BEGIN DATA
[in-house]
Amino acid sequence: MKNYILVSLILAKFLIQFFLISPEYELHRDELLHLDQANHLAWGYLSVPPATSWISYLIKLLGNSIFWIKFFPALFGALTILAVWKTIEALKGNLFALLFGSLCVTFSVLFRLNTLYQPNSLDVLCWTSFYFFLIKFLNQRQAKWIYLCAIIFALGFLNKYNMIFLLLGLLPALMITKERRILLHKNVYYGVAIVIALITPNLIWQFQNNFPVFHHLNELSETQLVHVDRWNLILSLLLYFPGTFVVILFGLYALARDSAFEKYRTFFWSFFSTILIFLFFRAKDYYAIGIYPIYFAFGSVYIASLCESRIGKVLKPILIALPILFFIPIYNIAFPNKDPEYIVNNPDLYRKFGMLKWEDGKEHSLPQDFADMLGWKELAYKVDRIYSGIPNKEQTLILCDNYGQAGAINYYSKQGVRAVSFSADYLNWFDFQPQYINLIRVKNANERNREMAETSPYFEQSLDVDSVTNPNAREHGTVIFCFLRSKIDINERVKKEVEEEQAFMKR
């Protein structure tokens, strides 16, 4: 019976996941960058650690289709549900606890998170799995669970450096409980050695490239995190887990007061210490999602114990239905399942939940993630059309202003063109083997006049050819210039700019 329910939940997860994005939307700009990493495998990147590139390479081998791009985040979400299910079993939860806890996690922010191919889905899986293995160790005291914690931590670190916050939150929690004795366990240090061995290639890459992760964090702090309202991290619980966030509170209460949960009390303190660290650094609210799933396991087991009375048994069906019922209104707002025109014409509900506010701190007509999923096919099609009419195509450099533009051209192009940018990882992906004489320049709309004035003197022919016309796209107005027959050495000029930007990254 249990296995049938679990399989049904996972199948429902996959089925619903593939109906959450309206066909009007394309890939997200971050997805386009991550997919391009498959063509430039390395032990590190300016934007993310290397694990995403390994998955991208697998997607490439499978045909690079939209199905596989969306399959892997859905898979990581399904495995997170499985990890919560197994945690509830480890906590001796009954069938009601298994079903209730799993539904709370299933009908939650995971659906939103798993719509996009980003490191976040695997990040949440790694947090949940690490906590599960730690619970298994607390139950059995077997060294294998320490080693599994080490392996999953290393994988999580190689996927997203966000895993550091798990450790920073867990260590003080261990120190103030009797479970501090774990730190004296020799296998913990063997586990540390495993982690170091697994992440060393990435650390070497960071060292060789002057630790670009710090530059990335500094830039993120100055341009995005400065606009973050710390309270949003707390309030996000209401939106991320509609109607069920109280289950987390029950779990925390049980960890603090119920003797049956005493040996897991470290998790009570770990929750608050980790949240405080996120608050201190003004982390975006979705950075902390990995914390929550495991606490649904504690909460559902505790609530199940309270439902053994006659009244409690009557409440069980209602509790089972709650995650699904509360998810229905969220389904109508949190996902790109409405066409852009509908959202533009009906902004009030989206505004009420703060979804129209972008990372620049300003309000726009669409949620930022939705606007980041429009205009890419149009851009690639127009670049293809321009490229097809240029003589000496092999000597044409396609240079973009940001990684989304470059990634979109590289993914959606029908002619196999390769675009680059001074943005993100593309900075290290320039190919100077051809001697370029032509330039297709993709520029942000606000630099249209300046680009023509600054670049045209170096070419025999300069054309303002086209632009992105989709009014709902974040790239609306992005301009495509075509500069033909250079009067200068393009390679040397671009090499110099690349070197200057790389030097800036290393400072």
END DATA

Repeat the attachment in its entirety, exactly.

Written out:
[in-house]
Amino acid sequence: MKNYILVSLILAKFLIQFFLISPEYELHRDELLHLDQANHLAWGYLSVPPATSWISYLIKLLGNSIFWIKFFPALFGALTILAVWKTIEALKGNLFALLFGSLCVTFSVLFRLNTLYQPNSLDVLCWTSFYFFLIKFLNQRQAKWIYLCAIIFALGFLNKYNMIFLLLGLLPALMITKERRILLHKNVYYGVAIVIALITPNLIWQFQNNFPVFHHLNELSETQLVHVDRWNLILSLLLYFPGTFVVILFGLYALARDSAFEKYRTFFWSFFSTILIFLFFRAKDYYAIGIYPIYFAFGSVYIASLCESRIGKVLKPILIALPILFFIPIYNIAFPNKDPEYIVNNPDLYRKFGMLKWEDGKEHSLPQDFADMLGWKELAYKVDRIYSGIPNKEQTLILCDNYGQAGAINYYSKQGVRAVSFSADYLNWFDFQPQYINLIRVKNANERNREMAETSPYFEQSLDVDSVTNPNAREHGTVIFCFLRSKIDINERVKKEVEEEQAFMKR
């Protein structure tokens, strides 16, 4: 019976996941960058650690289709549900606890998170799995669970450096409980050695490239995190887990007061210490999602114990239905399942939940993630059309202003063109083997006049050819210039700019 329910939940997860994005939307700009990493495998990147590139390479081998791009985040979400299910079993939860806890996690922010191919889905899986293995160790005291914690931590670190916050939150929690004795366990240090061995290639890459992760964090702090309202991290619980966030509170209460949960009390303190660290650094609210799933396991087991009375048994069906019922209104707002025109014409509900506010701190007509999923096919099609009419195509450099533009051209192009940018990882992906004489320049709309004035003197022919016309796209107005027959050495000029930007990254 249990296995049938679990399989049904996972199948429902996959089925619903593939109906959450309206066909009007394309890939997200971050997805386009991550997919391009498959063509430039390395032990590190300016934007993310290397694990995403390994998955991208697998997607490439499978045909690079939209199905596989969306399959892997859905898979990581399904495995997170499985990890919560197994945690509830480890906590001796009954069938009601298994079903209730799993539904709370299933009908939650995971659906939103798993719509996009980003490191976040695997990040949440790694947090949940690490906590599960730690619970298994607390139950059995077997060294294998320490080693599994080490392996999953290393994988999580190689996927997203966000895993550091798990450790920073867990260590003080261990120190103030009797479970501090774990730190004296020799296998913990063997586990540390495993982690170091697994992440060393990435650390070497960071060292060789002057630790670009710090530059990335500094830039993120100055341009995005400065606009973050710390309270949003707390309030996000209401939106991320509609109607069920109280289950987390029950779990925390049980960890603090119920003797049956005493040996897991470290998790009570770990929750608050980790949240405080996120608050201190003004982390975006979705950075902390990995914390929550495991606490649904504690909460559902505790609530199940309270439902053994006659009244409690009557409440069980209602509790089972709650995650699904509360998810229905969220389904109508949190996902790109409405066409852009509908959202533009009906902004009030989206505004009420703060979804129209972008990372620049300003309000726009669409949620930022939705606007980041429009205009890419149009851009690639127009670049293809321009490229097809240029003589000496092999000597044409396609240079973009940001990684989304470059990634979109590289993914959606029908002619196999390769675009680059001074943005993100593309900075290290320039190919100077051809001697370029032509330039297709993709520029942000606000630099249209300046680009023509600054670049045209170096070419025999300069054309303002086209632009992105989709009014709902974040790239609306992005301009495509075509500069033909250079009067200068393009390679040397671009090499110099690349070197200057790389030097800036290393400072």